Door opens on a new world

Steve Kendall | Bendigo Weekly | 23-Nov-2017


GLADSTONE my big, brown cat has drawn attention to himself recently, including in this column.

He roams the house at night yelling and cussing, demanding access to rooms he has no need to be in.

Finally the long-suffering Mrs Kendall and I remembered the super-duper flash cat door we had installed a few years ago.

It had been taken out of action because it caused no end of trouble when the two cats we had at the time used to wait until the other was trapped in the door and vulnerable.

At this point front or rear of trapped cat  was bashed with a paw.

Though it may have been a great game for the cats, it was all too much for us, so the batteries were removed.

“Batteries?” I hear you ask. Yes, the super-duper cat flap has a built in microchip reader. Once you have scanned in your cat it has freedom of entry and exit.

The idea is to keep out the neighbours’ moggs and keep yours in or out if need be.

That’s the door explained, now we get back to Gladstone.

I picked up Gladstone as a 10-year-old from the RSPCA, so who knows where he had been, but he was very set in his ways, and very much an indoor cat.

That’s no good for a cat, and with no near neighbours I wanted him out and about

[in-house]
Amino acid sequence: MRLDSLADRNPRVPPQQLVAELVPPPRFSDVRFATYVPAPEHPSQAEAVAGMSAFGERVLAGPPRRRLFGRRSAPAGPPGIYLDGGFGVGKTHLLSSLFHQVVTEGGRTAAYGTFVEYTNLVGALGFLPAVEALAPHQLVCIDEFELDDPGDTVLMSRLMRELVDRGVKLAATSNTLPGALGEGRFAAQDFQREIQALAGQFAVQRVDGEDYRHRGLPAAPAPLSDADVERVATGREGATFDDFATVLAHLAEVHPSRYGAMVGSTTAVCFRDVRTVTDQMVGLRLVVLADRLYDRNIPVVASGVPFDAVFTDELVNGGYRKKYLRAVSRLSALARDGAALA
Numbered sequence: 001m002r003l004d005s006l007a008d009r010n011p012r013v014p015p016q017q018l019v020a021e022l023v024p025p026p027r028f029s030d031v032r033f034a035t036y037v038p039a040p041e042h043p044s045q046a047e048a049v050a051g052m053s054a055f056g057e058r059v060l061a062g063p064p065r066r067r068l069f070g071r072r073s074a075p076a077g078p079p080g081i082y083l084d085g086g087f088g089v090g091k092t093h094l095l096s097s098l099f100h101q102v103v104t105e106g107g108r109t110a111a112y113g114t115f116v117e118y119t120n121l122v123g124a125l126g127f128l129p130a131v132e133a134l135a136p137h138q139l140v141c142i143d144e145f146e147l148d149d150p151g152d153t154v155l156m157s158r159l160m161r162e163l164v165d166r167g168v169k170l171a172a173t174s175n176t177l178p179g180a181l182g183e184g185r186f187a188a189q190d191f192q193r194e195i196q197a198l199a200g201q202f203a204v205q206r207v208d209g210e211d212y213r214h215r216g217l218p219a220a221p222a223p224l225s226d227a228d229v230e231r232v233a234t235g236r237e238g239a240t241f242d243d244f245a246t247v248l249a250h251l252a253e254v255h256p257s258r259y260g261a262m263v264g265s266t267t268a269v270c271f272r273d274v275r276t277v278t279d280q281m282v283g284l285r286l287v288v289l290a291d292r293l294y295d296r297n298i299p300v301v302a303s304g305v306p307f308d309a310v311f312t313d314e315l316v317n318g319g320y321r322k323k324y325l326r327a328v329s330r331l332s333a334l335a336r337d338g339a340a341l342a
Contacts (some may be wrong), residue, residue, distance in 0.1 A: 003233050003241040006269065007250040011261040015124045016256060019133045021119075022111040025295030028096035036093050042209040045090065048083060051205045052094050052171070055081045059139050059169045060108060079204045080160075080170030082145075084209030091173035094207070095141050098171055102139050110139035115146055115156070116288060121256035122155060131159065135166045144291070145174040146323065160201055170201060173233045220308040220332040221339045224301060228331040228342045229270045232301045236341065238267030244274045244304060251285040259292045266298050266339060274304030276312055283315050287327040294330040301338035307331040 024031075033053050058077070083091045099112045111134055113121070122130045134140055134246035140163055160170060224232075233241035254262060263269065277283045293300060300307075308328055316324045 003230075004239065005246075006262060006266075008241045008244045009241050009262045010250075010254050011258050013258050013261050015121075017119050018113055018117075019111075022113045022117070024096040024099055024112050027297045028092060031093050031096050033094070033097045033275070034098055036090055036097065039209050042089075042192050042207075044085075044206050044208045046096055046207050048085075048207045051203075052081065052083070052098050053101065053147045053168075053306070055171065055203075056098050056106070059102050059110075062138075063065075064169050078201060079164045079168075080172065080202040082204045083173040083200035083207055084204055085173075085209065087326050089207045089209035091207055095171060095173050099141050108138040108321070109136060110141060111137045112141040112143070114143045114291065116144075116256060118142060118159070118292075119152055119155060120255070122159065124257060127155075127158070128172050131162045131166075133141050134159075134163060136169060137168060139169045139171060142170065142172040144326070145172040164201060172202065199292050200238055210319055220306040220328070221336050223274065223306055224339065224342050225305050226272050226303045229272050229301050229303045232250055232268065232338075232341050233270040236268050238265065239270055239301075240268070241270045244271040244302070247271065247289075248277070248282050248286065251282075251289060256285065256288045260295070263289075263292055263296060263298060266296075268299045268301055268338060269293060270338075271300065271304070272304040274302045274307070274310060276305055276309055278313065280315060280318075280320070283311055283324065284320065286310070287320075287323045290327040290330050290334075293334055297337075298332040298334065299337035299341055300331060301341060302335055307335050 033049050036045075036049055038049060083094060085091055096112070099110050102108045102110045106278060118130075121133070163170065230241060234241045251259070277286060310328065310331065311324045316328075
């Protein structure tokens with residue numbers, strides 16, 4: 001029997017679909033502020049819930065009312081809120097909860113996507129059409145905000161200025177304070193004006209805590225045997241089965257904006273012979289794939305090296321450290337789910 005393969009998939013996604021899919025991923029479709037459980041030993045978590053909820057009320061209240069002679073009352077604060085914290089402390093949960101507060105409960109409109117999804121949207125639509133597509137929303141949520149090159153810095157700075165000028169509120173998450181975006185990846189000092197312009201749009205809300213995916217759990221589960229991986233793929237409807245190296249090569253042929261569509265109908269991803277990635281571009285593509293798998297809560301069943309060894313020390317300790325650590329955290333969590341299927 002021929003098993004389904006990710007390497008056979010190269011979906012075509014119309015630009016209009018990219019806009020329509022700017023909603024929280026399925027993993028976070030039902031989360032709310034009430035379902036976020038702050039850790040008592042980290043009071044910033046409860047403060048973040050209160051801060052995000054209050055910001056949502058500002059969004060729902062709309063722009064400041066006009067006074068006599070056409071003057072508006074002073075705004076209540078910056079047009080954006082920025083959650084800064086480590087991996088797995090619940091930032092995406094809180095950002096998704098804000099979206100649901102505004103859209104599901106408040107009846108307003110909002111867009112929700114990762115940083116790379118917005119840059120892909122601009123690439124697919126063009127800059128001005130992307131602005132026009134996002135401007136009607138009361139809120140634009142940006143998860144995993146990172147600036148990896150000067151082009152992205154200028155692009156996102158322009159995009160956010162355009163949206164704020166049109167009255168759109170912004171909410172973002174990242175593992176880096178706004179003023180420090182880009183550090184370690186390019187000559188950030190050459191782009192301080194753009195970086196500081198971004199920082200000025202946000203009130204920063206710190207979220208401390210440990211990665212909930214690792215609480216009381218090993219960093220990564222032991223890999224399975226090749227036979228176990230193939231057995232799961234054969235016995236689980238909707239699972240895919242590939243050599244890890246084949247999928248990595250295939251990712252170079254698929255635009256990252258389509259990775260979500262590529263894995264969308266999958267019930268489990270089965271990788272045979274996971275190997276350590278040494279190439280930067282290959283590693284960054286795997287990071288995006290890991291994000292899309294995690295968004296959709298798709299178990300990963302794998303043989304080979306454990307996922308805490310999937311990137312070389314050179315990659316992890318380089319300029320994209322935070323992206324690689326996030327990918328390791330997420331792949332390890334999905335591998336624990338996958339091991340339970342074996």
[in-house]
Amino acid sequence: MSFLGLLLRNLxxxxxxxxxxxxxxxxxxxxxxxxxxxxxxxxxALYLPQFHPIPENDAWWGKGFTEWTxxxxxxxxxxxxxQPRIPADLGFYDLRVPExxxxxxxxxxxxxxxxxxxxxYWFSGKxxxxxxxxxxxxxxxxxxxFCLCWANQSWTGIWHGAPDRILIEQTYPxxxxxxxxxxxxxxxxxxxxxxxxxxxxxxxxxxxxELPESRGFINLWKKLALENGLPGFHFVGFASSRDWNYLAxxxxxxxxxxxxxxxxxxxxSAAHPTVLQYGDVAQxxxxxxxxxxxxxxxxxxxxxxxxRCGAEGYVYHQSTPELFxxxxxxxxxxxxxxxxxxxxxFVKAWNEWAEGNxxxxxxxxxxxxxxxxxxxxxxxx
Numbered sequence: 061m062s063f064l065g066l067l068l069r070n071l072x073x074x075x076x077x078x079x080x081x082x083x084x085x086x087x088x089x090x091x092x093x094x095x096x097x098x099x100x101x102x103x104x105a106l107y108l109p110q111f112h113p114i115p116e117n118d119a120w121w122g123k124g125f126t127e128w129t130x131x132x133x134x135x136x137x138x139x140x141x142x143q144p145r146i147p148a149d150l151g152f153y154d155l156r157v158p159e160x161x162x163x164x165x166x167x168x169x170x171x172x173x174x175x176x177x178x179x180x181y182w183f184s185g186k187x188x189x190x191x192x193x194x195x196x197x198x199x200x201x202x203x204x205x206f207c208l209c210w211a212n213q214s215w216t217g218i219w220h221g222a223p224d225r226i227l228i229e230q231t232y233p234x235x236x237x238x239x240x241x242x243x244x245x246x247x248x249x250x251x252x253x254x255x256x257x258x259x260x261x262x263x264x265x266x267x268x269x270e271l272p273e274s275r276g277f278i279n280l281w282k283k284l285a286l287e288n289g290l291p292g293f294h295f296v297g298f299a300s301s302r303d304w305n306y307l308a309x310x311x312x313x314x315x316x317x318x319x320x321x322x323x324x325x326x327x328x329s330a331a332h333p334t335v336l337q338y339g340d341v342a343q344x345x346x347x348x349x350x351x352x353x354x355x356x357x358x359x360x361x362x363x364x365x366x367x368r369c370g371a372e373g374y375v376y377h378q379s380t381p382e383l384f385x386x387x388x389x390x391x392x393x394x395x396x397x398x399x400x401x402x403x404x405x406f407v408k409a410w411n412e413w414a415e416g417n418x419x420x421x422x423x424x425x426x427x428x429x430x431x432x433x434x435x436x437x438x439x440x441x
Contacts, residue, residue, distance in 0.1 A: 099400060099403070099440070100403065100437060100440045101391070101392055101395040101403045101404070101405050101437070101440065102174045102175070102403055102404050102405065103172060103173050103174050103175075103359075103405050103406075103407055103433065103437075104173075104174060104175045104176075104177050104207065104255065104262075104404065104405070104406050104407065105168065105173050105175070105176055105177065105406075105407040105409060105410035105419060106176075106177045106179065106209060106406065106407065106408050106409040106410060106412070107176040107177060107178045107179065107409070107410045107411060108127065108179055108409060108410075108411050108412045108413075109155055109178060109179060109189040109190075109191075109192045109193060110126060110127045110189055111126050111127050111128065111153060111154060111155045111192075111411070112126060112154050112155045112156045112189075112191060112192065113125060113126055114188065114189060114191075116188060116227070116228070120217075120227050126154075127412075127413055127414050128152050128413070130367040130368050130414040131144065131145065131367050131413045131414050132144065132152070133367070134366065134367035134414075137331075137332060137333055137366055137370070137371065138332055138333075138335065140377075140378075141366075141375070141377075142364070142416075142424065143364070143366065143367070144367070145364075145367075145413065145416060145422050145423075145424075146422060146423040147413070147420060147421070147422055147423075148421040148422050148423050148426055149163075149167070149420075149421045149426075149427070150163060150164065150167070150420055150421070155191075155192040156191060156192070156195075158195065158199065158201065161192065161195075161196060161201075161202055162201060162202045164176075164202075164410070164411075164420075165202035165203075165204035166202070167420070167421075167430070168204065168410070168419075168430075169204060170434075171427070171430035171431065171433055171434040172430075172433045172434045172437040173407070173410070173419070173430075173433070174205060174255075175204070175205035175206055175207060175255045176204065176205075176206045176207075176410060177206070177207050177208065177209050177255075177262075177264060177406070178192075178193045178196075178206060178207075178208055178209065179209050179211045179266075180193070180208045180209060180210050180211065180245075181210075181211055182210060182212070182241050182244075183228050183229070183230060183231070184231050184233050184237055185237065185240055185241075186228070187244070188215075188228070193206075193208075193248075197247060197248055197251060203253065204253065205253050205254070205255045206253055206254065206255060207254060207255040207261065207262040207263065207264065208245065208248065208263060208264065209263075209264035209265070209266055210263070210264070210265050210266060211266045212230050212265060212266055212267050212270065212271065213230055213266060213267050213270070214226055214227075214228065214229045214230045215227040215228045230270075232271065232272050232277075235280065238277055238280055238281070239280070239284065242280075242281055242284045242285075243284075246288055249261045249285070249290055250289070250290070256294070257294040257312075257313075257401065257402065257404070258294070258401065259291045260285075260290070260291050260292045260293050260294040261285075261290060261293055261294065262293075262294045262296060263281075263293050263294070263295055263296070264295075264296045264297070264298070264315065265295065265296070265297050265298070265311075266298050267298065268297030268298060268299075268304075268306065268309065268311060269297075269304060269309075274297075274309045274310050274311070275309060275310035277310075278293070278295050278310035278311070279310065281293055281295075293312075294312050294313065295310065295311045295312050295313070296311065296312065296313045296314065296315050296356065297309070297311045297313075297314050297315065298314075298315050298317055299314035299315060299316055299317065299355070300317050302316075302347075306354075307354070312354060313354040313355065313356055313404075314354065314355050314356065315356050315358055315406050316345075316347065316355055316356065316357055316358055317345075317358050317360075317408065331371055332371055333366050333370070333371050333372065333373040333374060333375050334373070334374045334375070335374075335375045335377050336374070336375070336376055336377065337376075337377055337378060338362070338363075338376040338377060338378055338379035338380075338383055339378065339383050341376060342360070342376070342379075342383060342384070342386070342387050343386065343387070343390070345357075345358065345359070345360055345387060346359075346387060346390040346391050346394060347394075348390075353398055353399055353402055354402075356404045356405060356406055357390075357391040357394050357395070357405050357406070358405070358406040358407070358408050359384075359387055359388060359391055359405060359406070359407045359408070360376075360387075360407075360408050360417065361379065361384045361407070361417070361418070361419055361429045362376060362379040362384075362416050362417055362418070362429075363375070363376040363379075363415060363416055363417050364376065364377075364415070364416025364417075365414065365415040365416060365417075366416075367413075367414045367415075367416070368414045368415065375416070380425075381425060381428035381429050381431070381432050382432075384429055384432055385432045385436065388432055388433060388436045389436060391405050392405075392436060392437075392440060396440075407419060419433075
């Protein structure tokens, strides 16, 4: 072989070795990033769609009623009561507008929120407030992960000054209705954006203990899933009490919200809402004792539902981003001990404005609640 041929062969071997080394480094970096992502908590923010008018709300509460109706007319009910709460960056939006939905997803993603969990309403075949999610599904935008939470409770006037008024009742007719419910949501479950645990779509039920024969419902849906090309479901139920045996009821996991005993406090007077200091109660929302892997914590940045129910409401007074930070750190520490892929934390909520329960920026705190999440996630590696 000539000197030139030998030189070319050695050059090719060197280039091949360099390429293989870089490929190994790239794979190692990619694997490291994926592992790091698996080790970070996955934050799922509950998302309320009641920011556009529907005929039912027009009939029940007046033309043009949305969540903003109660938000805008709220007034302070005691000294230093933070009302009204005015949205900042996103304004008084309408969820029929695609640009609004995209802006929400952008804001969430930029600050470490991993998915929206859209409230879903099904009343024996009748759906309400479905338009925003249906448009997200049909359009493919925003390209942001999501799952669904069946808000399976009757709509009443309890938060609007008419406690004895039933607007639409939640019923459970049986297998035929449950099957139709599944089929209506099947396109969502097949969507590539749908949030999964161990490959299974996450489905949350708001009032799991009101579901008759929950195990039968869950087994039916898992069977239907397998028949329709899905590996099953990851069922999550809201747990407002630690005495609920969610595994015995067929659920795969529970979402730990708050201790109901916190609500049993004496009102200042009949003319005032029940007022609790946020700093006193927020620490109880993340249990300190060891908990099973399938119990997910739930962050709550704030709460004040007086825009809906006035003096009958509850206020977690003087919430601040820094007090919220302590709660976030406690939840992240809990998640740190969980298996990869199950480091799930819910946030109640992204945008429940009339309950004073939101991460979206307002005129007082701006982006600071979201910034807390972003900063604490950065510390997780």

I must admit I had forced him the first time, but gradually he got the idea, trouble was he wanted to go in and out the whole time, and he made very clear and loud noises to clarify he wanted action.

This was tedious in the extreme, especially at night (I live in a curfew-free shire).

To a cat it is quite normal to go out at 1am, come in at 2am and pop out again at 3am.

This is a bit wearing to say the least, so that’s why the cat flap was dusted off.

We only started this week, and after programming him in we set about the real trial.

And trial it was, I thought once his head was in the rest would follow,  but no, each of the four legs found purchase on the frame and made a near-impossible task.

Eventually he tired, and his bulky torso squeezed through.

He then started yowling outside, but I made him work it out for himself, which he eventually did.

So now Gladstone has freedom to come and go as he pleases, and I can have more than an hour’s sleep at a time.

I love technology. 

 – Steve Kendall
twitter: @stevekendall1


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